Razorbacks overcome slow start, roll Prairie View A&M

By: Paul Boyd
Published: Sunday, December 16, 2018
Arkansas coach Mike Neighbors watches during a game against Arizona State on Sunday, Nov. 18, 2018, in Fayetteville.
Photo by David Beach
Arkansas coach Mike Neighbors watches during a game against Arizona State on Sunday, Nov. 18, 2018, in Fayetteville.

FAYETTEVILLE — Mike Neighbors didn’t panic when his team got off to a slow start against Prairie View A&M on Sunday afternoon and neither did his players.

Arkansas roared back from an early deficit with a strong second half to claim a 71-44 win in front of 1,892 at Bud Walton Arena.

The Arkansas women’s basketball coach figured his team would be rusty following final exams this week, but he was pleased with how the players bounced back in the second half.

“I didn’t say hardly a word at halftime,” Neighbors said. “They talked to themselves, fixed a lot of problems, and I thought our second half was more like the team we’ve been seeing. But I’m certainly not hitting panic mode. I know what they went through last week. I thought they played really well from the middle of the second quarter on.

“I thought they were the aggressor. I was concerned with that. I was concerned that they came in off a road trip to Colorado where the altitude’s supposed to zap you. We were sleeping in our own beds. We challenged them a little bit with that.”

Prairie View (3-5) led 18-13 after the first quarter and out-rebounded Arkansas 19-11. But the Razorbacks (8-3) dominated from that point on. Arkansas held a huge 64-46 rebounding lead for the game, but it was even bigger in the final three quarters (53-27).

The Razorbacks held the Panthers to just four second-quarter points and held a 26-22 lead at the intermission, despite missing 16 consecutive shots at one point. They pulled away in the second half, using a quick 9-2 spurt to end the third quarter for a 47-31 advantage en route to the blowout.

Bailey Zimmerman and Williams led the Razorbacks’ rebounding barrage with 11 and 10, respectively.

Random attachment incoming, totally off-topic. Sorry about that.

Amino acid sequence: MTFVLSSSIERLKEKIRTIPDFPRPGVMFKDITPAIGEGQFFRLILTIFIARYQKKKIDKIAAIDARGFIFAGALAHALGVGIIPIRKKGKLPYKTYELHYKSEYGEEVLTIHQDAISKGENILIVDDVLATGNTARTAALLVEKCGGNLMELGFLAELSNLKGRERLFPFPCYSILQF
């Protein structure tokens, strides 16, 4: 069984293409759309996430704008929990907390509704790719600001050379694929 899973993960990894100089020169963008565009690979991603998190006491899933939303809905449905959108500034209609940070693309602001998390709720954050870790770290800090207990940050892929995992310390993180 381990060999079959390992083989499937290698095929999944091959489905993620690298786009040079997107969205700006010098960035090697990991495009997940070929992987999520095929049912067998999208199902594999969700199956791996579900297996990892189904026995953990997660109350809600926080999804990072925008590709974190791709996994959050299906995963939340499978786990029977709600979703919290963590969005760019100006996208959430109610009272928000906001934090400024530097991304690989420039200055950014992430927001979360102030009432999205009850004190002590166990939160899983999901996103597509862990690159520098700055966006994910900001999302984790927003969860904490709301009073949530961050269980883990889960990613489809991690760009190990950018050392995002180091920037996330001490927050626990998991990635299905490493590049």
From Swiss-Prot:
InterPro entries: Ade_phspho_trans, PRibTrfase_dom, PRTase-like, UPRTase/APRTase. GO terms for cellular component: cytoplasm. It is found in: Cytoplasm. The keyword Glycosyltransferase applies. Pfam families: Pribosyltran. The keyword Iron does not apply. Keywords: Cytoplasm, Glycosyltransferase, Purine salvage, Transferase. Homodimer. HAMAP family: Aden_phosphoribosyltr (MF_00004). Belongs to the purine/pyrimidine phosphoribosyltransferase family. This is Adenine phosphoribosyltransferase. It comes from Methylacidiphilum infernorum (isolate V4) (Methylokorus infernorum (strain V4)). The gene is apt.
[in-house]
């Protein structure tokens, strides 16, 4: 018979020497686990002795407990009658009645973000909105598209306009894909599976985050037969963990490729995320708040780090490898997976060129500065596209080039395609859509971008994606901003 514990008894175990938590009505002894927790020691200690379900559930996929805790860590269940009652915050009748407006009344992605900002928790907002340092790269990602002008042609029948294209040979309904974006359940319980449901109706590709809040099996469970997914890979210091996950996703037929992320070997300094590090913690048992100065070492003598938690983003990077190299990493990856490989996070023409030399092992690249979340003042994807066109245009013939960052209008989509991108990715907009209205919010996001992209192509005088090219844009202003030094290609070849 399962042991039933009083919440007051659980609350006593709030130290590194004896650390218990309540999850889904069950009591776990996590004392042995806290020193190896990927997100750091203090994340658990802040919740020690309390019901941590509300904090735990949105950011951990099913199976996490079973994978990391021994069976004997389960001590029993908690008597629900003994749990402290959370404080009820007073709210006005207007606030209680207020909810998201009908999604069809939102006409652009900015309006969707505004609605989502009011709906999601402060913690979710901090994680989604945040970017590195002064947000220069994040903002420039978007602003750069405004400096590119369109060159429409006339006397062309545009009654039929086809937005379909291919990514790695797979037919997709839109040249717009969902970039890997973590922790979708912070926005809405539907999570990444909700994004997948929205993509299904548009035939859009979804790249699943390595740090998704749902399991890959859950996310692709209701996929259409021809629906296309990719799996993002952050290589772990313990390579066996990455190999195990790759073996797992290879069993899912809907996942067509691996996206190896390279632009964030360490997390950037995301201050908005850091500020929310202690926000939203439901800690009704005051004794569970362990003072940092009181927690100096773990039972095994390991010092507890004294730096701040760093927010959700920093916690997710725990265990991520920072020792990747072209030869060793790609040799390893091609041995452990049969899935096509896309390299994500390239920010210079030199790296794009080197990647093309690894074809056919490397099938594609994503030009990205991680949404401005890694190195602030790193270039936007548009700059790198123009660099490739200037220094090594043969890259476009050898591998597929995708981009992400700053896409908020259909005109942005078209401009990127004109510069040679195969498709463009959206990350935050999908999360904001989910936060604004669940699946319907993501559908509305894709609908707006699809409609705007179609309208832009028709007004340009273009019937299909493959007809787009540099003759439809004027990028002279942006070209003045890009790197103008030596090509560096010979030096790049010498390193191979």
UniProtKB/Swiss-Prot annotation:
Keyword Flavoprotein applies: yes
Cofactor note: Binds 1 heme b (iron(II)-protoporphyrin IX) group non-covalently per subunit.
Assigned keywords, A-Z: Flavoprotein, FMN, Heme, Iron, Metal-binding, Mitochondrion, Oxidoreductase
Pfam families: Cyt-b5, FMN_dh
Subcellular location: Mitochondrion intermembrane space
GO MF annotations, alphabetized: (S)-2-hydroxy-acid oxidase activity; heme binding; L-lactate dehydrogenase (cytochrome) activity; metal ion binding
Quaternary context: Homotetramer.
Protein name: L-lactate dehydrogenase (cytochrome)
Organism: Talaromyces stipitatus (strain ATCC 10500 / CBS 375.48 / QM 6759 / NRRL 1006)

Arkansas shot just 33 percent (25-of-76) for the game and only 3 of 23 (13 percent from 3-point range. Williams acknowledged the eight-day layoff between games and dealing with finals all played a part in the slow start.

“I think more than three or four days between games, teams can get sluggish and lose that sense of urgency,” Williams said. “But I felt like in the second half, we picked it up.

“Along with the graduation, we weren’t in Bud (Walton Arena) that many days, so I feel like coming from our practice facility over to Bud it was a big change with our shooting. We just have to get comfortable again.”


• Malica Monk scored eight points on Sunday and is now eight points from becoming the 28th player in school history to reach the 1,000-point mark.

• Arkansas’ Taylah Thomas was the only player on either team to finish with double figures in scoring. The 6-foot-1 sophomore scored 11 points in 15 minutes off the bench.

• The Panthers’ trip to Fayetteville is the second of six consecutive road games. They won’t play a home game until Jan. 12 when they play host to Texas Southern.


Arkansas plays host to Nebraska on Tuesday night and then travels to Tulsa on Thursday to complete its three games in five days run


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